Anyway, I'm very proud of my little yearling.

She had her 1-year doctor's appointment yesterday and passed with flying colors. She's actually 25% for height, a first for her to be below 50%: she apparently shot up and then has now tapered off a bit. Her weight is just fine so no problems. She had lots of shots and tests and stuff which made her very unhappy (it wasn't the poking so much as the being made to lie down bit, I think) but she's recovered. At her doctor's advice, Jen has been trying NOT to nurse her at night when she wakes up, and she says that it really does work: Miriam does stop crying after only a few minutes. Could this be the beginning of all-night sleeping for the women of the house? (It hasn't affected me: I sleep through anything. :)


Mar. 11th, 2008 10:35 pm
scottahill: (Default)
I discovered this evening that, contrary to previous speculation, I'm overly annoyed by music directors even if I'm playing an instrument instead of singing. I've been playing monthly with the Dallas Recorder Society, and most of the time the fellow in charge just hands out music, we read it through a couple of times, comment on how nice it is, and then move on to the next piece. Well, this evening, there was a visitor from Austin (who used to live in Dallas) who had brought along some music, and he wanted to polish articulations and all that. It got very tedious very quickly, and I slumped in my chair in an obvious way: when someone commented, I said that this was triggering my conductor-phobia, and that "I don't like having people tell me what to do" (in what I hoped was a not-too-serious tone). I was hoping for some sympathy, but instead I got "But you can't avoid it in music", which is silly because we get along just fine every month with minimal direction. I didn't get to explain myself and I didn't get any sympathy, so I was rather sulky the rest of the time and slipped out at the end without comment.

This didn't used to be a problem, when I was in high school and even the first two years of college. It could be because I had a taste of directing myself and so crave power...but I didn't FEEL like I wanted to direct the group, I just wanted our usual, pleasant sort of semi-anarchy: I didn't even disagree with what he was saying (which is my usual problem in choirs). Maybe it was a knee-jerk reaction coming after my failed choir experiences in Chicago. It could simply have been that he changed the format of the rehearsal suddenly, and I'm a conservative person by nature.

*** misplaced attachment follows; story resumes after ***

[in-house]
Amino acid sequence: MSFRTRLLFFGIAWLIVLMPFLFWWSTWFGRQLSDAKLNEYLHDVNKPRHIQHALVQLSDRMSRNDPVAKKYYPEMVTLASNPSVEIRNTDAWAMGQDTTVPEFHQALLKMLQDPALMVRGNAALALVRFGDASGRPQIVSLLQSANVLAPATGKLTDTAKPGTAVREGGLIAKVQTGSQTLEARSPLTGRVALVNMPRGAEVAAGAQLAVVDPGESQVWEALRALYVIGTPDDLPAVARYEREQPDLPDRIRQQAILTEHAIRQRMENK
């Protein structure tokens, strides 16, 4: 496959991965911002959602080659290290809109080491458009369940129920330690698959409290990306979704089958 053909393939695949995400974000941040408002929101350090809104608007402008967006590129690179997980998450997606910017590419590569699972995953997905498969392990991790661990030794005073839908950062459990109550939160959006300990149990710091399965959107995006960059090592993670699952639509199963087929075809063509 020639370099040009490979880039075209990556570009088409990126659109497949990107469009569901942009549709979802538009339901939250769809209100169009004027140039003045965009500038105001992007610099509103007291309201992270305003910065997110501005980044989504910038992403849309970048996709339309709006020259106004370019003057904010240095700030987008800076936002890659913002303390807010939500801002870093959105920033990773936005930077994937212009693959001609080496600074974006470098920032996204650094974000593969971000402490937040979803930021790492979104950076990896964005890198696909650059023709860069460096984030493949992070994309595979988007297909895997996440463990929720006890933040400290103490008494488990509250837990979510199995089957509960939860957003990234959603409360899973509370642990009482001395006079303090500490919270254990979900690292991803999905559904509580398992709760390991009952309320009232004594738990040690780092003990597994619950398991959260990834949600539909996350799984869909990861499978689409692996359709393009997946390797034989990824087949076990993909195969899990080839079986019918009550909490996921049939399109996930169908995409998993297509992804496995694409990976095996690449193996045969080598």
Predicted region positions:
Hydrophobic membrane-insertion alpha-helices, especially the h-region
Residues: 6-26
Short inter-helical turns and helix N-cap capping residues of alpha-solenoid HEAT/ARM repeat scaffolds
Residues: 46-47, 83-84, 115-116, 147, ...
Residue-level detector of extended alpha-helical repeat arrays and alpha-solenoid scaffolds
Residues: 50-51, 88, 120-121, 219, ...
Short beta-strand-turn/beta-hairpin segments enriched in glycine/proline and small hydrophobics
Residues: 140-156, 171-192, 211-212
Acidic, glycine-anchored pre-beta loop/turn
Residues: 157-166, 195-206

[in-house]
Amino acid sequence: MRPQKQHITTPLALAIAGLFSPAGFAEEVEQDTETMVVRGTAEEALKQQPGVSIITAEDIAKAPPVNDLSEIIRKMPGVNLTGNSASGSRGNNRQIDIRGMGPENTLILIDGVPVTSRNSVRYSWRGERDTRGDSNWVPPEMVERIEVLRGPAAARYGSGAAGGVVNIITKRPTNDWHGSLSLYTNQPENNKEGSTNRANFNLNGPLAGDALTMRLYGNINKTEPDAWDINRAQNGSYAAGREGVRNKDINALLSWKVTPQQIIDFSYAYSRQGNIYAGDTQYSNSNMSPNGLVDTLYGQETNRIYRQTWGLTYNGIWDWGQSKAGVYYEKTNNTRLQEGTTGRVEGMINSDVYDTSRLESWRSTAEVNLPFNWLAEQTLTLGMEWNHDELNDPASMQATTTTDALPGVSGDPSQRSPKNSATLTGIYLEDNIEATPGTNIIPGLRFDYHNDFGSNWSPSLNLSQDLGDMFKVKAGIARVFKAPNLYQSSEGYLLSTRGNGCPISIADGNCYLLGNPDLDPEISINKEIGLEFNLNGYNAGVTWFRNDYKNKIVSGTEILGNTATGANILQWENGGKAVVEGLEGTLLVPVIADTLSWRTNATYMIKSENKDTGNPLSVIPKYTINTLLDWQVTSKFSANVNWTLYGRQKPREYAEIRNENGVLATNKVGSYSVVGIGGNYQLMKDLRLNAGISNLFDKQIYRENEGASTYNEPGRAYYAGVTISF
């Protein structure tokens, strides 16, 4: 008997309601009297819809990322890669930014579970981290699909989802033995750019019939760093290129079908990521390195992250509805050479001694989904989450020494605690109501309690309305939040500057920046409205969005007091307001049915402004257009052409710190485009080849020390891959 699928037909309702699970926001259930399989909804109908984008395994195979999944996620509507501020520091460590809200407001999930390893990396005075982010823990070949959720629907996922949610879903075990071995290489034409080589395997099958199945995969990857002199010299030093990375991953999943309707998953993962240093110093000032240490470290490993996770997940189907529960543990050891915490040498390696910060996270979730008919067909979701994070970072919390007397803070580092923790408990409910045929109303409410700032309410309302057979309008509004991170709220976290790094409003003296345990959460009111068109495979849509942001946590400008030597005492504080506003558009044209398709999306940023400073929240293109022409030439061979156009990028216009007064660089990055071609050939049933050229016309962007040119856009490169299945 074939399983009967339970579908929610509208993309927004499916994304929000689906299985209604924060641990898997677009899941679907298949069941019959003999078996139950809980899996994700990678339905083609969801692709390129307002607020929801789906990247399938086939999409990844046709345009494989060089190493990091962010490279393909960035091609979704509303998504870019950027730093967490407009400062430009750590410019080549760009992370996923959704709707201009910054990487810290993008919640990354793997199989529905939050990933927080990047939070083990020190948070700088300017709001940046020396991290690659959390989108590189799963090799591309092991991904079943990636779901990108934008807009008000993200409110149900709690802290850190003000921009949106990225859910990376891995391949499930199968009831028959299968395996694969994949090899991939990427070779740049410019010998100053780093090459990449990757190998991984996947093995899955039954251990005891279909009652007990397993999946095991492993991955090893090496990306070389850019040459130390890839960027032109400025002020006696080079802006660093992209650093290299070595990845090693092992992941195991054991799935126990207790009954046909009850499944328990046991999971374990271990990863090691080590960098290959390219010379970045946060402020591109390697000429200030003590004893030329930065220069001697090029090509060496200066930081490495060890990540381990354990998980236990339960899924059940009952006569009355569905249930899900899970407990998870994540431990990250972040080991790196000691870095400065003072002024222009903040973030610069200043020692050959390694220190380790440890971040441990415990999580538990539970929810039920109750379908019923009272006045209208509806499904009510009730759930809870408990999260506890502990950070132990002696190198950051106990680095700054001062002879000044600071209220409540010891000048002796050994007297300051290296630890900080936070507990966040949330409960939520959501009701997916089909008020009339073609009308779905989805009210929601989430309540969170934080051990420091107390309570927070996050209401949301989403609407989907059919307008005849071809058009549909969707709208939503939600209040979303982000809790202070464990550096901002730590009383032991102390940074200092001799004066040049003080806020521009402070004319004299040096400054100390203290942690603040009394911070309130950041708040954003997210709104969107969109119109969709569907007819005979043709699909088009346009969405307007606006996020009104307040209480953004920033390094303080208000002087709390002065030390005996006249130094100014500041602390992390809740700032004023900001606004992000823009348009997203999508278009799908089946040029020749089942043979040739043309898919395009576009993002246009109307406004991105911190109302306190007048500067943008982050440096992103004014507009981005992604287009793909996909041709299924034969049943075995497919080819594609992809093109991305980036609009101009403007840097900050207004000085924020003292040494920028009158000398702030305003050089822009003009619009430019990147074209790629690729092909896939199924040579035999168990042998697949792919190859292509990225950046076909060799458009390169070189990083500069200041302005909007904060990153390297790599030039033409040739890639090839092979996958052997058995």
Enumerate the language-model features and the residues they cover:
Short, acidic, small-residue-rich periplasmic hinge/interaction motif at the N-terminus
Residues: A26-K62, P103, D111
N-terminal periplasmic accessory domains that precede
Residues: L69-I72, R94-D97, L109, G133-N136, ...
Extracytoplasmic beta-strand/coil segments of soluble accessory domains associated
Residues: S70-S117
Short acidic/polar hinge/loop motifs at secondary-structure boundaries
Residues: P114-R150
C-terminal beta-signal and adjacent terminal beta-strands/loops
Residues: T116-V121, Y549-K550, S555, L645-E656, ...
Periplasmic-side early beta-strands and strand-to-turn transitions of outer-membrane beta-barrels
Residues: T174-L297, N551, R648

One thing that occurred to me, relevant or no, is that music had always been a source of affirmation for me. Once I got to 8th grade or so I started realizing that I was a good singer, and my directors started noticing too, and treating me accordingly. It's not that they went out of their way to praise me constantly, which might have gotten embarrassing, but it was that I felt appreciated and valued. That may be the emotion which kept me going through the boredom and frustration. When I look at the point in time where choral singing stopped being fun, it correlates with a loss of appreciation: in my first choir in Chicago I felt like a drone, and was subsequently kicked out; in my second choir there were enough good tenors that I wasn't anyone special. Maybe this sounds ridiculously egotistical, but external affirmation is really important for me, and my self-esteem tends to crash without it. It's probably no accident that my difficulties with work in graduate school coincided with my loss of performance as a place to shine: going from college to graduate school, I went from being a somebody to being a nobody, and I haven't really recovered from that.

However, as I write all this I think of a glaring exception: while I was in Boston I sang with my church choir, where I was easily the best singer except for the director. I was certainly appreciated and valued there, so much so that I stayed with the choir longer than I would have wished so as not to disappoint them, but I found their rehearsals to be excruciatingly dull: I would quite literally feel a desire to bang my head against a wall sometimes. Why? Well, I do remember one resentment from those times: I always wanted to do more solo work, maybe even fill in as cantor for the director, but it didn't happen.

OK, this is starting to sound really pretentious and it's making me feel bad, so I'll just stop here.